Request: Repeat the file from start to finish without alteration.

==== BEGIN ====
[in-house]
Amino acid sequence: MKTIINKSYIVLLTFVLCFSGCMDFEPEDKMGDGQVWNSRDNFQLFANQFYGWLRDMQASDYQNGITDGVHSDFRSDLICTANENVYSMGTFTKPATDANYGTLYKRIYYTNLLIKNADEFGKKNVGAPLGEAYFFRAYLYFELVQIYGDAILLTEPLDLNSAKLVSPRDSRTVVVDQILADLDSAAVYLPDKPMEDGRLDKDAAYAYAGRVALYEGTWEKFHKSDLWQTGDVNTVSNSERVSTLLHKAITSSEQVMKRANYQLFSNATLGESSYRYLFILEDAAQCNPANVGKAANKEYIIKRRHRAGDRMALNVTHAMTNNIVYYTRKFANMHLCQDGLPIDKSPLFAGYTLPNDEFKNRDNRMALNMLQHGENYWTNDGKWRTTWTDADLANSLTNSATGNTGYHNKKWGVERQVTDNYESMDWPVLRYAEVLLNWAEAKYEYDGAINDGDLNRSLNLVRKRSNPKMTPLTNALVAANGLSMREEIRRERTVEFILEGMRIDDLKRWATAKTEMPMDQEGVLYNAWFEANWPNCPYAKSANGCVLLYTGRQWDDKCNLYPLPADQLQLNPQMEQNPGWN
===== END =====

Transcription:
[in-house]
Amino acid sequence: MKTIINKSYIVLLTFVLCFSGCMDFEPEDKMGDGQVWNSRDNFQLFANQFYGWLRDMQASDYQNGITDGVHSDFRSDLICTANENVYSMGTFTKPATDANYGTLYKRIYYTNLLIKNADEFGKKNVGAPLGEAYFFRAYLYFELVQIYGDAILLTEPLDLNSAKLVSPRDSRTVVVDQILADLDSAAVYLPDKPMEDGRLDKDAAYAYAGRVALYEGTWEKFHKSDLWQTGDVNTVSNSERVSTLLHKAITSSEQVMKRANYQLFSNATLGESSYRYLFILEDAAQCNPANVGKAANKEYIIKRRHRAGDRMALNVTHAMTNNIVYYTRKFANMHLCQDGLPIDKSPLFAGYTLPNDEFKNRDNRMALNMLQHGENYWTNDGKWRTTWTDADLANSLTNSATGNTGYHNKKWGVERQVTDNYESMDWPVLRYAEVLLNWAEAKYEYDGAINDGDLNRSLNLVRKRSNPKMTPLTNALVAANGLSMREEIRRERTVEFILEGMRIDDLKRWATAKTEMPMDQEGVLYNAWFEANWPNCPYAKSANGCVLLYTGRQWDDKCNLYPLPADQLQLNPQMEQNPGWN